joes169
08-22-2010, 10:00 AM
I've never used the BX-4, but would consider either that or the matching Clipper when it's time to replace our old MK Extreme. I have zero complaints with the MK, we've had it for 6-7 years and cut a ton of brick with it on certain jobs. Last house had about 18K brick (veneer), probably 8K of which were cut. I finally flipped the original brushes around on that job, and the saw works great again.

DVS Hardscaper
08-22-2010, 10:11 PM
DVS - Thanks for the input. I do like the EDCO saws a lot, but I really don't have 4K to spend on one right now. I was hoping to get a cheaper electric one for now.

Also, on a personal note - I see you are from MD, same as me. Where do you operate and what is your company name? I would love to chat with you sometime if you have time. I noticed that you work year round which I thought would be very difficult in MD. How do you accomplish this? What types of jobs do you do? Who do you typically work for, high end residential I am assuming?

Any advice on marketing? I find our biggest problem is keeping steady sales for hardscaping.

Thanks!

Brian


A 14" paver saw will probably run around $2300 - $3000. I'm not sure of the exact price for those things.

As far as hardscape and landscape design / construction, we operate in Frederick co., Washington co., Montgomery co., Howard co and Carroll Co, MD. Our main bread and butter in paver patios, walks, pool decks, driveways, and retaining walls.

The time of year has very little to do with hardscape construction. A wise customer knows they will get a better price if they have the work done during off peak season vs waiting till April to have the work done when the phone is ringing off the hook. Also, a wise customer would rather have us complete the job by March, rather than have the job completed in July when Summer is half over! A paver doesnt know the difference between May or January. The only thing that stops us is 1) Frozen soil 2) Snow. This past January we were building a retaining wall where we had a day we worked in 20-degree temps. Yeah, that was miserable.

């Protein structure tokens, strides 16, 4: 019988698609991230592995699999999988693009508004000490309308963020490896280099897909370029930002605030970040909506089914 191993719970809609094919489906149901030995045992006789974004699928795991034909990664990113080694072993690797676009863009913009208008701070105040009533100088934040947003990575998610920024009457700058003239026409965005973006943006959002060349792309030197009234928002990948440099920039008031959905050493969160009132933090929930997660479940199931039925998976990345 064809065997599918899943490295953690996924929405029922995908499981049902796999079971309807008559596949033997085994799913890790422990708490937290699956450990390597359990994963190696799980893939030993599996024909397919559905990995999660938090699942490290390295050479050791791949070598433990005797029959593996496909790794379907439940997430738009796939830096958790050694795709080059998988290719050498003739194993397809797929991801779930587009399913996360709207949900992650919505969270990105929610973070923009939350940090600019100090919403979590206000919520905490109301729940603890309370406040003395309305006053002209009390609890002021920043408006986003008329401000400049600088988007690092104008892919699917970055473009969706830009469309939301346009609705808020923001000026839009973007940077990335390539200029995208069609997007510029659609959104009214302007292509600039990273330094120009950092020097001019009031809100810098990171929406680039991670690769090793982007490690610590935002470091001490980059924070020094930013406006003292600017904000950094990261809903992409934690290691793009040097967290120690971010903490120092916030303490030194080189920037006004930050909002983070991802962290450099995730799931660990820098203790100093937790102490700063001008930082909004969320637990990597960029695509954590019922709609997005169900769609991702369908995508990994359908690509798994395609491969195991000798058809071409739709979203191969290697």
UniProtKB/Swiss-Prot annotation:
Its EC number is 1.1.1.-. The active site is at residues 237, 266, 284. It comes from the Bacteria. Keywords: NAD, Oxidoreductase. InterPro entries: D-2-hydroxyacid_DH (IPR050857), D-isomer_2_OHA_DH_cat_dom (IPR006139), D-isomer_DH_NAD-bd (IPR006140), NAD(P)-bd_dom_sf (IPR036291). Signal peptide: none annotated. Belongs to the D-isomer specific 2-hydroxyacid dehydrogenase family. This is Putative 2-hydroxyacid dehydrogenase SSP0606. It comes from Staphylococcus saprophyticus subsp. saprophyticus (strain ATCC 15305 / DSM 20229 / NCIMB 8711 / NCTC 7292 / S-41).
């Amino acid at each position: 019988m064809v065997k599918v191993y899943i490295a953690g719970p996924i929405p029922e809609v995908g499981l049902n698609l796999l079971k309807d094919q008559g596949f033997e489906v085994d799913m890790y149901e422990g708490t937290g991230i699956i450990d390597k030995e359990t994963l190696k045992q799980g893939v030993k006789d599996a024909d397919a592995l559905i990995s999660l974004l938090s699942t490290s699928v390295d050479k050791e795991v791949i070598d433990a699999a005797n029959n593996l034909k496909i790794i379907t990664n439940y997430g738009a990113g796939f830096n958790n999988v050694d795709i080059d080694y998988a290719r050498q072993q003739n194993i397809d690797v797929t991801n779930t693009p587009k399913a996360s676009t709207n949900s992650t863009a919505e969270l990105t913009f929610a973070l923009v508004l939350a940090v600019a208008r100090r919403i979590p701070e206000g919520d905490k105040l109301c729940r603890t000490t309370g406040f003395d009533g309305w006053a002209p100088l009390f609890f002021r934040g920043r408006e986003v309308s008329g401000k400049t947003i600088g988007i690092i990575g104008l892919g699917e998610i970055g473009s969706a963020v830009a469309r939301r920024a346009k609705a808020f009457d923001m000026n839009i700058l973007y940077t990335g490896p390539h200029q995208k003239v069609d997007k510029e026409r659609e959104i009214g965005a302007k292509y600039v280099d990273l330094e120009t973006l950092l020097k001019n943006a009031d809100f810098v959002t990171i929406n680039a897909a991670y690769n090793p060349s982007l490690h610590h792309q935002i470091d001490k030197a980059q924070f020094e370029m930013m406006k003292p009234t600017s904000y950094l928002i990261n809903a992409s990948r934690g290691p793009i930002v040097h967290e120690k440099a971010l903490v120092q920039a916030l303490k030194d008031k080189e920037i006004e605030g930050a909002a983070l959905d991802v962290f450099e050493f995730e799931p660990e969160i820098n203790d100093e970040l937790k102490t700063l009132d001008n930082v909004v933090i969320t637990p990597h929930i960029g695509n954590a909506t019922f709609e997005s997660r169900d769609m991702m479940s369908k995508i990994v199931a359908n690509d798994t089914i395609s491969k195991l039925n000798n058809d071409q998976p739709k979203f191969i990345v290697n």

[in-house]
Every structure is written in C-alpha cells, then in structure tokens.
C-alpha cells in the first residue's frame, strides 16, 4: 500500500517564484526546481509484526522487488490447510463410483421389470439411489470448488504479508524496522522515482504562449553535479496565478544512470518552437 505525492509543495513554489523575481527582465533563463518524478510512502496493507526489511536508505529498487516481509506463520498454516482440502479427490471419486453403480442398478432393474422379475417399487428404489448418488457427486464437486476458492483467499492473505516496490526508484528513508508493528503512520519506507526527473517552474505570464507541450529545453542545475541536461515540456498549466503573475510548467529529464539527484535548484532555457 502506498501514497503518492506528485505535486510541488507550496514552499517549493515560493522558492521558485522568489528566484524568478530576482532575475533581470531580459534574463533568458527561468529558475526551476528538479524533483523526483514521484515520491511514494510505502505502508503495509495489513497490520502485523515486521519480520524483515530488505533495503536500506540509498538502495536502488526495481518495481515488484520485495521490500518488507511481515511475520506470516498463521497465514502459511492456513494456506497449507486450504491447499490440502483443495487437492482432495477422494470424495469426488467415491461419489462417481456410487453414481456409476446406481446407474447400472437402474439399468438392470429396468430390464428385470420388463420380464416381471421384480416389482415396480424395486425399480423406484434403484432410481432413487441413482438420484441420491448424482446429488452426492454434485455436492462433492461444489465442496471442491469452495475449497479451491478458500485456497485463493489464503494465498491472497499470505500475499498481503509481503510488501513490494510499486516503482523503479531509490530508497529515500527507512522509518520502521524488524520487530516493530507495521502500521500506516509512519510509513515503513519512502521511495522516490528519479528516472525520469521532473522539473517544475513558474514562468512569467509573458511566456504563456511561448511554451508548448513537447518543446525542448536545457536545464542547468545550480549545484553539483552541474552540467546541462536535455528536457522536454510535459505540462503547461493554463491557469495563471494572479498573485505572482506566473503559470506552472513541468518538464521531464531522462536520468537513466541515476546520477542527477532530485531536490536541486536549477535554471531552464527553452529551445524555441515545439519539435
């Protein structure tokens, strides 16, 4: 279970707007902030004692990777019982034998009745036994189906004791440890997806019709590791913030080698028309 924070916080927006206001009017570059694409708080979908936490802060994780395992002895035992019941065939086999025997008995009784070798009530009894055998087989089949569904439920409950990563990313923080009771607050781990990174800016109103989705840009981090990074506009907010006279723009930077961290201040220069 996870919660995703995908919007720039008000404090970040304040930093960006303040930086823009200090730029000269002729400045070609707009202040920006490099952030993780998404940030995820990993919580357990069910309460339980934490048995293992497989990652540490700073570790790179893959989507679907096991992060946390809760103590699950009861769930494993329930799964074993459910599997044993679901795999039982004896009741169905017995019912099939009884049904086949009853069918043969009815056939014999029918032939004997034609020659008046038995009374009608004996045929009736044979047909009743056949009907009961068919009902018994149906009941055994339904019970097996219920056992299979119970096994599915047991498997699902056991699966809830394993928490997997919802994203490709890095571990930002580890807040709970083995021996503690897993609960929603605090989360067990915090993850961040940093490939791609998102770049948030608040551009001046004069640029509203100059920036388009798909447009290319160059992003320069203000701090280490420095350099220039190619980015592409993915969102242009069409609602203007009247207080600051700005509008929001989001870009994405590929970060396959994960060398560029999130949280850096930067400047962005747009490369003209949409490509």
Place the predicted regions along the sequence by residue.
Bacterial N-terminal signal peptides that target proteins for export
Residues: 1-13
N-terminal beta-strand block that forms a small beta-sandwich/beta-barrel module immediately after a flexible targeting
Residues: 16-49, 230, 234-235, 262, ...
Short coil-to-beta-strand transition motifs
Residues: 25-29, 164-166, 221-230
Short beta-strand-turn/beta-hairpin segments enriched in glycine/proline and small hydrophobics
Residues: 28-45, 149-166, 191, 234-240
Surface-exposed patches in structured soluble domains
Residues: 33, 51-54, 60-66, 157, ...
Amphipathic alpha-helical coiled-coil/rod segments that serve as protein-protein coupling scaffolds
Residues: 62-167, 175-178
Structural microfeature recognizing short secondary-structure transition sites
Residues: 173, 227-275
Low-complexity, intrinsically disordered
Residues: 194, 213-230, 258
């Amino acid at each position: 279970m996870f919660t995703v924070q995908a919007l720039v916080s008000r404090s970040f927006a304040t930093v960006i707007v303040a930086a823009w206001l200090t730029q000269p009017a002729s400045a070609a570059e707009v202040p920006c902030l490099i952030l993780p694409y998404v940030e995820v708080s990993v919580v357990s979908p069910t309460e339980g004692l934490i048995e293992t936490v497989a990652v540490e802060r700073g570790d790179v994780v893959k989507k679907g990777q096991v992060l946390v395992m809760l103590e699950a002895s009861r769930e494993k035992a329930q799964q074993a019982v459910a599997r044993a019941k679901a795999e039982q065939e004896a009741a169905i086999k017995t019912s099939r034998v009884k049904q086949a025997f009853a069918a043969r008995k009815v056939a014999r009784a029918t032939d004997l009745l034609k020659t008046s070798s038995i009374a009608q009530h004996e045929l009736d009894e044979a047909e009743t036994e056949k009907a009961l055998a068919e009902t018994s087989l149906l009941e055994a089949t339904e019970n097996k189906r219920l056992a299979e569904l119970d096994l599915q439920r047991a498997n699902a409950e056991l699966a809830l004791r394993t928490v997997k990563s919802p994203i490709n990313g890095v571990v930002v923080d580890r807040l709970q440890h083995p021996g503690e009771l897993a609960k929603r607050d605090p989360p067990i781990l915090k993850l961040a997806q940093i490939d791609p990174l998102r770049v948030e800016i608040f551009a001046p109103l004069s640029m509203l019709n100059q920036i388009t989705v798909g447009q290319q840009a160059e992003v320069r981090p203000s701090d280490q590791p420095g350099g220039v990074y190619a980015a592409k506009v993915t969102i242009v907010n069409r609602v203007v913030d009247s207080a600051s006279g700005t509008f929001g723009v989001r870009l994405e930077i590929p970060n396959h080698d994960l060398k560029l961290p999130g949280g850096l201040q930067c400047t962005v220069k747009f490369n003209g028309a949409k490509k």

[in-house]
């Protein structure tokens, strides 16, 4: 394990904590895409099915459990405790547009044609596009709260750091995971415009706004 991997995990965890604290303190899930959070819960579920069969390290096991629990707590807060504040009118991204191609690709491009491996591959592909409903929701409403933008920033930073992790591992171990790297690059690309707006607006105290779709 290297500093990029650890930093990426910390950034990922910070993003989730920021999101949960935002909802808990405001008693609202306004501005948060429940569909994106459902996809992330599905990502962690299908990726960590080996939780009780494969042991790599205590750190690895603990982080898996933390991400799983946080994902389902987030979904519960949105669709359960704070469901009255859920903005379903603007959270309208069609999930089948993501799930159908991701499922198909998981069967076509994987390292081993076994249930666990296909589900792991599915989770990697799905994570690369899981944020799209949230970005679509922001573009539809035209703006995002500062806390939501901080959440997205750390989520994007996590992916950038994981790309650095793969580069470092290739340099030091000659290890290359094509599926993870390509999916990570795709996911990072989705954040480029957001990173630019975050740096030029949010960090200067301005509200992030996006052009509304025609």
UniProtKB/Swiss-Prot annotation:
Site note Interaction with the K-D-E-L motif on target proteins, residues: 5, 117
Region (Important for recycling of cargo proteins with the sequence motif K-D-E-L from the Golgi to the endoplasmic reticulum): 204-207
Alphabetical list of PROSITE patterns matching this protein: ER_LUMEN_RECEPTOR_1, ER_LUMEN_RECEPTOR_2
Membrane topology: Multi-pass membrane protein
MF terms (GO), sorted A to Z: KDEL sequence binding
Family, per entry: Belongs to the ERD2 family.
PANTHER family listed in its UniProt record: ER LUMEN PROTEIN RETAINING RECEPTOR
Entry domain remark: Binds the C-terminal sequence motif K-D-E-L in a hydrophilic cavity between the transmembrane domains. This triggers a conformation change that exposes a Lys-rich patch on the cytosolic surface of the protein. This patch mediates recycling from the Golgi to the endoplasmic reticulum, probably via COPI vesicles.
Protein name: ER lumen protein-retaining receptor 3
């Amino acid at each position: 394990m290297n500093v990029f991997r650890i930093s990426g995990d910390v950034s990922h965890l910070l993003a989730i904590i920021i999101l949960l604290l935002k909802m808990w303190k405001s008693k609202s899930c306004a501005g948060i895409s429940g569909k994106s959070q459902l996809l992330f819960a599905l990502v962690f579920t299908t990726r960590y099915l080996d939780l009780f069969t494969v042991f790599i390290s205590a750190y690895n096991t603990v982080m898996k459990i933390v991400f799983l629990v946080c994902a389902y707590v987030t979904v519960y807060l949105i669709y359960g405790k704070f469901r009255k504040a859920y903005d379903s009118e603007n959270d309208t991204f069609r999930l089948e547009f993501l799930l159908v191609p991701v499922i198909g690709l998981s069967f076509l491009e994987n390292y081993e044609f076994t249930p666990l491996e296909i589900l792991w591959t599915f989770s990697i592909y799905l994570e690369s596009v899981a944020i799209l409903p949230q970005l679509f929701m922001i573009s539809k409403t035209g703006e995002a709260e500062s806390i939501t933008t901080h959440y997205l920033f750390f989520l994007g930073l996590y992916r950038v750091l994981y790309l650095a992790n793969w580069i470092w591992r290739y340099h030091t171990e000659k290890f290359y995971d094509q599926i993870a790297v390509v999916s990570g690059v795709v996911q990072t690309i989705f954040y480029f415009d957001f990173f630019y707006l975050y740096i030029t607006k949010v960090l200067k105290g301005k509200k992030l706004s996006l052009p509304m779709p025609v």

We serve all. Low end, mid end, and high end residential. Our jobs range from $2000.00 to our biggest being $155k.

Successfully selling residential construction work is a whole different job. You have to be persistant, and you can't slack off. Even though you may have 30 days worth of work booked, you must keep hammering away to make sure you have work sold for when your current work load is done. It's never ending. And I'll be 100% honest - I've been a hardscape contractor for 14 years, YES - I do get burned out from chasing leads.



www.outdoorfinishes.com
www.poolsremoved.com


,

DeereHauler
08-27-2010, 09:11 PM
Successfully selling residential construction work is a whole different job. You have to be persistant, and you can't slack off. Even though you may have 30 days worth of work booked, you must keep hammering away to make sure you have work sold for when your current work load is done. It's never ending.

,

That i couldn't agree with more. Even while we're on a patio job, i'm out giving estimates, and talking with new and existing customers. Some of my customers know us from our lawn care, so i like to tell them that we're installing a patio, or wall, and let them know our range of work for future jobs. I always hear "i didn't know you did that"...

I personally like my MK saw, but i don't install everyday as i would like. This year we have seen a huge increase in hardscapes for my company. Our trigger went out on the biggest job this summer, and took a week to get a new one. I almost bought the MK saw we were renting, but i talked myself out of it, with the hopes to get a bigger EDCO saw.